U-Pass to extend into spring and summer

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Catch a ride! Jingyu Zhang

Bus still not on time

In March of 2019, URSU held a student referendum to discuss the possibility of, and interest in, an expansion of the U-Pass to include access to transit during spring and summer. 85 per cent of those in attendance who voted, voted in favour of this extension.

As outlined in a memorandum of intent signed by URSU, the U-Pass would be in effect for students enrolled in spring or summer courses from May 1 to Aug. 31. Additionally, cost would be determined as it is in the fall and winter, where unit price per student is determined based on the total sum paid to the City. Presently, students pay $87.60 each semester for their U-Pass, saving them $224.40 in regular transit fare for four months. There is also a provision that creates an additional ride on weekdays at 10 p.m. for routes 21 and 22 (Glencairn and Arcola East) as well as an extra ride after 6 p.m.

A detailed report can be found on the City of Regina website under minutes of the Community and Protective Services Committee meeting held on Jan. 8. The report is set to be approved at the public City Council meeting on Jan. 29.

City Councillor Andrew Stevens of Ward 3 spoke to how this change would affect students. “Basically, it’s an extension of that existing relationship, but into the spring and summer.”

“[The U-Pass] has been a resounding success in terms of having transit access, accessibility across the city and certainly for students at the U of R. I take the bus all the time and since I’ve started here, the services have increased incredibly and it’s a result of the U-Pass.”

Stevens is also an Associate Professor at the University of Regina in the Faculty of Business Administration whose areas of research include industrial relations and human resource management. As an active member of the campus community and an elected official, Stevens is able to see the benefits of the U-Pass first-hand.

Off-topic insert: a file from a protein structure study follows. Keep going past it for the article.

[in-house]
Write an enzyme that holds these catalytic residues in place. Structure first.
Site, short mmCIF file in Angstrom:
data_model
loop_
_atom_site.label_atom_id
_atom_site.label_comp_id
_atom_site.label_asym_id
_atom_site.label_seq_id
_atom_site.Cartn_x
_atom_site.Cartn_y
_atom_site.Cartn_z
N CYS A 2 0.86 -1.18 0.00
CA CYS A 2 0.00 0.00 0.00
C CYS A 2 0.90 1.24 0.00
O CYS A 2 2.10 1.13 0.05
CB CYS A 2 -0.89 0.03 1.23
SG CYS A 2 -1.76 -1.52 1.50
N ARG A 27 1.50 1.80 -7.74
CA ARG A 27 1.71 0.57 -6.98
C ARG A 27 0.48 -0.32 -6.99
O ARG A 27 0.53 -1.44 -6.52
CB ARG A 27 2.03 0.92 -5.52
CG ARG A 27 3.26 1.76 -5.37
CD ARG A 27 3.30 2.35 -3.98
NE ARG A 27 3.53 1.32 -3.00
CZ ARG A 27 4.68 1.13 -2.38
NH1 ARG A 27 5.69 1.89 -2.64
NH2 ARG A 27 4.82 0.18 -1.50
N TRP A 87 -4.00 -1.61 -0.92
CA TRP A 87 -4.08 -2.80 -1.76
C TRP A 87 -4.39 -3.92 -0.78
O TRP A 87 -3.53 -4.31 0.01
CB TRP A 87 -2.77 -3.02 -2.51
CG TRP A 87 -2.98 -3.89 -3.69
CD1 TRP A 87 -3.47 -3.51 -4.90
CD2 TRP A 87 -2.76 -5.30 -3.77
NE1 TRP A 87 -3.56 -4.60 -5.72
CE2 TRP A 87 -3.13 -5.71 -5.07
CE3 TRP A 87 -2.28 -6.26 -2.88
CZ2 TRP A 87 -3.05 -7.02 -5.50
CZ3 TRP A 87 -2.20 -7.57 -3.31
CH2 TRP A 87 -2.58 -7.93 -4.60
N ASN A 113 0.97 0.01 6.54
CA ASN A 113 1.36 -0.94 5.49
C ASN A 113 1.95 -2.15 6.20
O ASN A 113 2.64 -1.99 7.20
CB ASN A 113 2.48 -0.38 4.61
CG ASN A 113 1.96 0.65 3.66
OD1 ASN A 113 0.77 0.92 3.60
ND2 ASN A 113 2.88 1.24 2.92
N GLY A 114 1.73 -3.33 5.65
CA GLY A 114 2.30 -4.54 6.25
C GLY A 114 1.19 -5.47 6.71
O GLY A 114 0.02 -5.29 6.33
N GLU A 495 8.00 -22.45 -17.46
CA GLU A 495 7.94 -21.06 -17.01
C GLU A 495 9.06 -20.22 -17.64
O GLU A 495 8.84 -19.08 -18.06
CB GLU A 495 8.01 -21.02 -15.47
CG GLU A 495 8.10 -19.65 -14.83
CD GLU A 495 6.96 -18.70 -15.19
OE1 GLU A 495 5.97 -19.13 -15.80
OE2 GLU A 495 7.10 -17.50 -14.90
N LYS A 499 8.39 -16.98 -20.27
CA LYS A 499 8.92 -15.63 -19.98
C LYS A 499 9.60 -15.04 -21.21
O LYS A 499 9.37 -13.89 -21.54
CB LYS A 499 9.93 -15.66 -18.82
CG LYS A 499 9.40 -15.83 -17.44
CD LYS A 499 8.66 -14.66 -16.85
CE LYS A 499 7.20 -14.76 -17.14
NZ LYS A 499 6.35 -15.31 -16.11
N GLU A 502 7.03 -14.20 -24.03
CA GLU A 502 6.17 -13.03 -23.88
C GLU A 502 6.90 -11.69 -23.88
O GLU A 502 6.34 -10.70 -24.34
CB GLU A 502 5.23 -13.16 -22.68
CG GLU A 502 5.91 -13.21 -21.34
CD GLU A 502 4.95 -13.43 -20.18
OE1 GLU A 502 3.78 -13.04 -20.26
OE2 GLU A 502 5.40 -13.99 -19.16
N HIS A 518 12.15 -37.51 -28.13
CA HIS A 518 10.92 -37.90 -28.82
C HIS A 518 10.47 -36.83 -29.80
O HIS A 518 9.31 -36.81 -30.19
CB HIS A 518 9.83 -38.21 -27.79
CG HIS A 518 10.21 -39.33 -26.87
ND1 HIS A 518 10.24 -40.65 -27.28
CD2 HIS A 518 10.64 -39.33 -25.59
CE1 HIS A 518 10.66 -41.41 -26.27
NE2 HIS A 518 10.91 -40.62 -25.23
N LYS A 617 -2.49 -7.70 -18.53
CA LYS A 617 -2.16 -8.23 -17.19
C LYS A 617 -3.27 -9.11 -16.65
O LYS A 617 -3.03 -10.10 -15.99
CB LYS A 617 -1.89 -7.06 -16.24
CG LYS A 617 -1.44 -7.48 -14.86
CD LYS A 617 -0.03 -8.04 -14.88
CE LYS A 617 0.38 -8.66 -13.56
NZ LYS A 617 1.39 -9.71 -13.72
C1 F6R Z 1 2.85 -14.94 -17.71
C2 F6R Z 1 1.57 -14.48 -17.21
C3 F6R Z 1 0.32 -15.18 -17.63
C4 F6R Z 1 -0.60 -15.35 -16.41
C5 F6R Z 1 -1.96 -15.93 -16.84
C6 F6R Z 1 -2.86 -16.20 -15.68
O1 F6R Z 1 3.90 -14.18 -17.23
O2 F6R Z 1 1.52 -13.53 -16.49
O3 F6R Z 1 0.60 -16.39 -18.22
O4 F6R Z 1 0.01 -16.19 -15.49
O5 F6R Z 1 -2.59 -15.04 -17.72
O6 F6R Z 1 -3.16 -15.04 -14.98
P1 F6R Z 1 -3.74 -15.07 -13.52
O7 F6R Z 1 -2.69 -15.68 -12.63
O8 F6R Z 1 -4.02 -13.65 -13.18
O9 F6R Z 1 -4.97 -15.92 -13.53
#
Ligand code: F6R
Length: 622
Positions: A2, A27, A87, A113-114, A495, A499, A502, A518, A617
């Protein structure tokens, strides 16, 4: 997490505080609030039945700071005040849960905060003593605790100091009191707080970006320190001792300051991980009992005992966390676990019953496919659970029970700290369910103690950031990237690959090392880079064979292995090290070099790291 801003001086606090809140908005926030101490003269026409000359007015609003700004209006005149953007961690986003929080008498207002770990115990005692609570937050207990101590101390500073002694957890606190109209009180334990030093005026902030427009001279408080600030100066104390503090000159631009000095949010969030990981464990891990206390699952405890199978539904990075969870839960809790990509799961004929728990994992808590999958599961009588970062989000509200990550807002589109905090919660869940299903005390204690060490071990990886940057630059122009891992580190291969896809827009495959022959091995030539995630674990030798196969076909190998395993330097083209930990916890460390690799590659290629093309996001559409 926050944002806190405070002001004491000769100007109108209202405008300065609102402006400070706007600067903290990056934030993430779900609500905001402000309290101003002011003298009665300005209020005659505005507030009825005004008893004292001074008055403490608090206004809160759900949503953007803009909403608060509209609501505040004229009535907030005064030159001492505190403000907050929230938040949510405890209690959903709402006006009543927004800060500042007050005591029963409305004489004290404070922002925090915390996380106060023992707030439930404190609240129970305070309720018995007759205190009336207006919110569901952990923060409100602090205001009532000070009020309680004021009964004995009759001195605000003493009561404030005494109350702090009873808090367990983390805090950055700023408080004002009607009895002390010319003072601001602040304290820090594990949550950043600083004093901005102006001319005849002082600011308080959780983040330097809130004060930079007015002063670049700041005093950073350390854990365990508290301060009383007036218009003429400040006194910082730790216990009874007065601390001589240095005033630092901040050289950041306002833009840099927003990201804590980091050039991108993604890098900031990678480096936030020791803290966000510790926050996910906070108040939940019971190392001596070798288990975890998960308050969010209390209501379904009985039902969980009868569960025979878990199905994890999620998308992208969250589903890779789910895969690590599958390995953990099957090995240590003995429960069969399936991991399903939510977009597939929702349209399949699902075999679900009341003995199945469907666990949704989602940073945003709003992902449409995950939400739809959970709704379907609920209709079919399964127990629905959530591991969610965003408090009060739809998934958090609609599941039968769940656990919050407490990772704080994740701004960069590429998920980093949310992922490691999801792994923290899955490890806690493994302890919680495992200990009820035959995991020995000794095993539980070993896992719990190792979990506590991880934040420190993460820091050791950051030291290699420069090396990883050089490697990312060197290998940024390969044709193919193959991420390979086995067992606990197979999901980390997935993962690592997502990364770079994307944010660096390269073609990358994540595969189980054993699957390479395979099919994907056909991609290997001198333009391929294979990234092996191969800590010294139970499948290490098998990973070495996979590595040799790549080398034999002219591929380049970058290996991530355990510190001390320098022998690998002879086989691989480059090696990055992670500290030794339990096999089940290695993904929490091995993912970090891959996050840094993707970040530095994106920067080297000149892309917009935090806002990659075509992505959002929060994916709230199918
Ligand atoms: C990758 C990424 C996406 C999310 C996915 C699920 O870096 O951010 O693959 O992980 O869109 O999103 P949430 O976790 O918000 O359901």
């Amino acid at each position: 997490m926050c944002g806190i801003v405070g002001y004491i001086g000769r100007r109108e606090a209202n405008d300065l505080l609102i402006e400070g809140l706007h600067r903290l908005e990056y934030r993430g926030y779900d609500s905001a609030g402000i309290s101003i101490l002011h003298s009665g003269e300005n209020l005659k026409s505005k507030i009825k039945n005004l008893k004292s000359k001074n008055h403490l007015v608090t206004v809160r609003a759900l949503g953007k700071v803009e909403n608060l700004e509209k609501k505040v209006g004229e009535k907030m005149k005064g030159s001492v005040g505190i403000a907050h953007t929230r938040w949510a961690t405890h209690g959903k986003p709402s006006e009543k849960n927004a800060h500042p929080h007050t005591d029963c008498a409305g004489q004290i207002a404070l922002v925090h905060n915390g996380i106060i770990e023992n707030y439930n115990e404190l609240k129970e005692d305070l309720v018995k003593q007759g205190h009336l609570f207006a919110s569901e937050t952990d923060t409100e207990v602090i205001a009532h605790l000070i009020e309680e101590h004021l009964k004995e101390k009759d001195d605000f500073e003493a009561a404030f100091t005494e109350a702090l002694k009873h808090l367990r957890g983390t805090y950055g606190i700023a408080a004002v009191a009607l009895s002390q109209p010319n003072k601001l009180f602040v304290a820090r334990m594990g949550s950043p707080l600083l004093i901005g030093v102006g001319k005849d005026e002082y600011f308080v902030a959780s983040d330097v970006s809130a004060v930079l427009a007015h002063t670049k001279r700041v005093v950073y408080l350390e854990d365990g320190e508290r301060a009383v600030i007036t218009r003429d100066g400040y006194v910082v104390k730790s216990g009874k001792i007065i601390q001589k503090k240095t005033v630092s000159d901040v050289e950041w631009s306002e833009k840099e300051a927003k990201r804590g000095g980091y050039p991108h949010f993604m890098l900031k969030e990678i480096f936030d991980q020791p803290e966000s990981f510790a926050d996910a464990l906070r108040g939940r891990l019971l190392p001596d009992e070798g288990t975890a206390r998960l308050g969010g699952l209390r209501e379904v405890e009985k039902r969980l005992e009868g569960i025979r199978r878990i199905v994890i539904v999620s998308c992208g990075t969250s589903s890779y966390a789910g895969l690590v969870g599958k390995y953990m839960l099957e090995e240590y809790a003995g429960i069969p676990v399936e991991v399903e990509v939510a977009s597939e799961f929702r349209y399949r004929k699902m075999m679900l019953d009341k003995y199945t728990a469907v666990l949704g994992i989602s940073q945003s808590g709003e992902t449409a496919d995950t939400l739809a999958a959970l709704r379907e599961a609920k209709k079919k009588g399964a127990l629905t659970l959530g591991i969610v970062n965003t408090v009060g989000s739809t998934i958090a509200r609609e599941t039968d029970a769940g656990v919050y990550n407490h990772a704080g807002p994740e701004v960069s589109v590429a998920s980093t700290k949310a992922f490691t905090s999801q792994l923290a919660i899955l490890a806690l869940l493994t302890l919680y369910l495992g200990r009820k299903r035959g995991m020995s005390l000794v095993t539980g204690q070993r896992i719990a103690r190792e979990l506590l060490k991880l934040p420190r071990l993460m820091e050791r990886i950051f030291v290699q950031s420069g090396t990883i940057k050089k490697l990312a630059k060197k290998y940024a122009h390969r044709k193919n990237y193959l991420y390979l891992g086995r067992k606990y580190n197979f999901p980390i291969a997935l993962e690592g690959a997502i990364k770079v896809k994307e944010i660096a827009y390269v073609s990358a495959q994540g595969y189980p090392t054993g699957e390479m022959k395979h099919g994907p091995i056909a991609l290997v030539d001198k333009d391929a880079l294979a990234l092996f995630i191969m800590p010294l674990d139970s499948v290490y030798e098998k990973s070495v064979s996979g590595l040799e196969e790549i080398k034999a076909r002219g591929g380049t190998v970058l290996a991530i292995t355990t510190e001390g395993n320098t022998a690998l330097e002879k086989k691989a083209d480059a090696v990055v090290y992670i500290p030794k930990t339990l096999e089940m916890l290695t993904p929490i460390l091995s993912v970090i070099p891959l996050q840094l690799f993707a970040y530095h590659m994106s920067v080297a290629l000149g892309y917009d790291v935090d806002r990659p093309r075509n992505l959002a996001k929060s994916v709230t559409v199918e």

“What we know generally at the [City of Regina] is that if you reduce the cost of public transit, you maintain or increase ridership. Since 2015 there has been an increase in over a million U-Pass related rides. More people are taking the bus, in part because [of] the cost. One, it’s required, everybody pays for it. It’s distributed amongst the population so the cost decreases. It’s cheaper than parking your car.

“We’ve seen an increase in the percentage of students who are activating their cards. What the city would be concerned with [is that] we have a benchmark of bus riders per hour. We can clock how many people are or not using it, based on how they use their R-Card. Because it’s real-time data, we know exactly how many trips people are taking. If it was demonstrated that students are paying this fee [and] nobody’s using it by measure of ridership, I think it would really be up to URSU to say ‘this isn’t working’ and the City to flag [if] buses are running empty. But the reality is that they’re not and we’re actually seeing an increase in ridership on certain routes, specifically routes that go to Harbour Landing.”

“In every sense, it’s been a success when it comes to the transit improvements related to the U-Pass, but also coming to and from the university.”

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